FRANCO FRATTINIA, Minister for Foreign Affairs of Italy, said that in celebrating the 150th anniversary of Italian unification this year, he stressed his country’s long tradition of mediation, which served to bridge the gap between aspirations for independence and the reality of foreign occupation. For decades, Italy had emphasized the need to bridge the economic and social gap between the conditions of the northern shores of the Mediterranean and the expectations of the neighbours to the south. Despite that vision, the aspirations of the peoples of the Middle East were often overlooked. The Arab Spring had been a wake-up call for the world that no political leader could maintain power at the expense of his or her people.
He said that while Italy had called for dialogue and deplored the use of force against civilians, that had not been enough in Libya, whose regime had vowed to slaughter its own civilians. The only way to prevent a massacre had been to invoke the principle of “responsibility to protect”. By helping to implement that decision in military, diplomatic and humanitarian terms, the international community had shifted from a culture of “sovereign impunity” to one of “responsible sovereignty” rooted in national and international accountability for the most serious violations of human rights.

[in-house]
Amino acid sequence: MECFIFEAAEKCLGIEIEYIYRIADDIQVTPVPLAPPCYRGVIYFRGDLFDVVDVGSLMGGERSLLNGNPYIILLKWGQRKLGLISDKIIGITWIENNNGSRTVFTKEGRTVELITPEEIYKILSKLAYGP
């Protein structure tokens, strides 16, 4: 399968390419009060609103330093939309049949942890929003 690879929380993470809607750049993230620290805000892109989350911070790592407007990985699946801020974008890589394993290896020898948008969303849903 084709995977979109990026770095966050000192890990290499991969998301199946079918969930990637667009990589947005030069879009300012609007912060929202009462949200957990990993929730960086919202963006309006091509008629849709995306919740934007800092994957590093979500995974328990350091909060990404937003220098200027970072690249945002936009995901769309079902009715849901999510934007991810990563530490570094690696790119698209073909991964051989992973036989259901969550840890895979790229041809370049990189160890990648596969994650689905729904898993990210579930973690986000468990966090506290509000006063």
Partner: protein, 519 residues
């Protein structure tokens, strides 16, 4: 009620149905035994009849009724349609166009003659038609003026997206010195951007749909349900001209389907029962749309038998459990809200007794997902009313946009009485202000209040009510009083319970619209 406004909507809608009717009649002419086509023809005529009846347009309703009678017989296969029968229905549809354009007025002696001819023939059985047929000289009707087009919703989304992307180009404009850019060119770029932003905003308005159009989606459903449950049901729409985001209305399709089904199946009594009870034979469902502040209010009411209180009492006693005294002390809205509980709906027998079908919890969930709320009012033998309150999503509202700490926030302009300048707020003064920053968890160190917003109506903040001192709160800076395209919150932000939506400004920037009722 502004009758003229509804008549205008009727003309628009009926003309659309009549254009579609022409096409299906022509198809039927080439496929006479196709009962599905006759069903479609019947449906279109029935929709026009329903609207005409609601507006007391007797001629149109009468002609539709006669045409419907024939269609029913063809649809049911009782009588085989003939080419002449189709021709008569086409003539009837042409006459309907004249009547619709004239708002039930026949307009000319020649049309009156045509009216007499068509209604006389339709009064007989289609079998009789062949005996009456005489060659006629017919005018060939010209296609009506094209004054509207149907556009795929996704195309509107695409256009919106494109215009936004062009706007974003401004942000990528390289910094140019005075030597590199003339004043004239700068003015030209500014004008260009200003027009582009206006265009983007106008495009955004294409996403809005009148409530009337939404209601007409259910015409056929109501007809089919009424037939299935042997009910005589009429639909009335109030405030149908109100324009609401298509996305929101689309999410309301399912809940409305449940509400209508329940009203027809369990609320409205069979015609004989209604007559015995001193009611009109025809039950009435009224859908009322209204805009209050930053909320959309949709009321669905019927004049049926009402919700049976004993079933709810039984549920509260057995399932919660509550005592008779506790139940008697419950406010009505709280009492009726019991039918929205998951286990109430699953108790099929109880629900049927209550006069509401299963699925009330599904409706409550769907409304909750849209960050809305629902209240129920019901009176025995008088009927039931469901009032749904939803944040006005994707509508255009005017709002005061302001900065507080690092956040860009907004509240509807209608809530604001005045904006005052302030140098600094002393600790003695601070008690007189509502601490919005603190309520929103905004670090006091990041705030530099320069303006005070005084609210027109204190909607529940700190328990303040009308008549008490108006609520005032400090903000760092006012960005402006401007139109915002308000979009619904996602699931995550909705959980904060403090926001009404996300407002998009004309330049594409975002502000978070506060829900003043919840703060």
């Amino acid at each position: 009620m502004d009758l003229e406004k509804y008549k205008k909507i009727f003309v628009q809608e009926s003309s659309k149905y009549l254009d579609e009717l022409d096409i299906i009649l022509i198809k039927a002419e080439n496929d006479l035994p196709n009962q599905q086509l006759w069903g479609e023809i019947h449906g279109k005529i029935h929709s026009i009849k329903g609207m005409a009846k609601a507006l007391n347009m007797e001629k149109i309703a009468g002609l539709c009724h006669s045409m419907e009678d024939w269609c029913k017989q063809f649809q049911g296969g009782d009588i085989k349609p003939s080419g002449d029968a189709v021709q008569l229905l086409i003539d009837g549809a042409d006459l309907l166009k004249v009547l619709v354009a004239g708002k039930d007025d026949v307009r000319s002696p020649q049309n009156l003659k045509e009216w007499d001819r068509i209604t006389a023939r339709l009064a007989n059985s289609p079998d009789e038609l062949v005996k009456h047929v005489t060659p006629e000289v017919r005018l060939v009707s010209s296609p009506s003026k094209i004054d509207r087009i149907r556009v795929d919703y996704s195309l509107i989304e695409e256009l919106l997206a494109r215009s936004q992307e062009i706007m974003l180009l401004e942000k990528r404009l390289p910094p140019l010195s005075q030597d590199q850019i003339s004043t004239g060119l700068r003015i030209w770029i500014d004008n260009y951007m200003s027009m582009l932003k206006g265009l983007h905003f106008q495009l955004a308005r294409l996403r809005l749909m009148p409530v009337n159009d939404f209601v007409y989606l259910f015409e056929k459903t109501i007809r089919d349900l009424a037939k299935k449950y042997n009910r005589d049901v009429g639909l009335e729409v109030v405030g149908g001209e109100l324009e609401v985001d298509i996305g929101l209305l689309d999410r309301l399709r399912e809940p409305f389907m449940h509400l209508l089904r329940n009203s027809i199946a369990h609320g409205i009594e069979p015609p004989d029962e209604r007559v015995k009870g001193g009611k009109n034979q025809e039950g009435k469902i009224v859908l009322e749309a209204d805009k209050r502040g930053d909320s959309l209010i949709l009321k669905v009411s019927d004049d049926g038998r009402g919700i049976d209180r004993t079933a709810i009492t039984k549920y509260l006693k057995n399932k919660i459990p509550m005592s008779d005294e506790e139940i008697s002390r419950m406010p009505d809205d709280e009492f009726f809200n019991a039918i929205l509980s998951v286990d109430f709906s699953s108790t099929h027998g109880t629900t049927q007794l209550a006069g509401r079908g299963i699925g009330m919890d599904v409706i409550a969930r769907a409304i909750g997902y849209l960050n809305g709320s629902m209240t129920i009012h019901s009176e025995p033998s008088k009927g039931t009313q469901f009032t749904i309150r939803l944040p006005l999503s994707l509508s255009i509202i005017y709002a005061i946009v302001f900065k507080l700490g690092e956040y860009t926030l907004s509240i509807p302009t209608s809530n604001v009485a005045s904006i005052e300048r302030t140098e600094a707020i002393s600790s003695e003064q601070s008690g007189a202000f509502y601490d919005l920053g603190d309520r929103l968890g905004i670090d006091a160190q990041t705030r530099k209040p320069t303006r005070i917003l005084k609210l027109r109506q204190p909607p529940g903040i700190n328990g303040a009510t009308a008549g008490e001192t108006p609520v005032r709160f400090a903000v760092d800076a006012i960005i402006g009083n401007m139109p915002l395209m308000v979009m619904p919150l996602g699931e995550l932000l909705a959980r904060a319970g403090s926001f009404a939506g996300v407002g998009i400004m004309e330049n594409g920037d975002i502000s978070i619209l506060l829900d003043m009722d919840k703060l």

The uprisings in North Africa and the Middle East sent a message that the United Nations could do more and do better, he said. His delegation was not calling for less United Nations involvement — it was asking for more. Libya could be the first test case for a more prominent United Nations role, and the Organization should therefore chair the international coordination mechanism with the support of the Arab League, African Union and European Union, among others.
We went on to say that the world’s humanistic heritage defined the human being as the measure of all things. The principle of placing people first underpinned Italy’s active support for United Nations campaigns on fundamental issues, such as the abolition of the death penalty, the protection of freedom of religion or belief, and others. Italy also placed the rights of human beings and the environment at the centre of society, and would endeavour to create and consolidate a “modern humanism”, as there could be no better defence against the hatred and criminal intolerance that had struck New York, the United States and the world 10 years ago.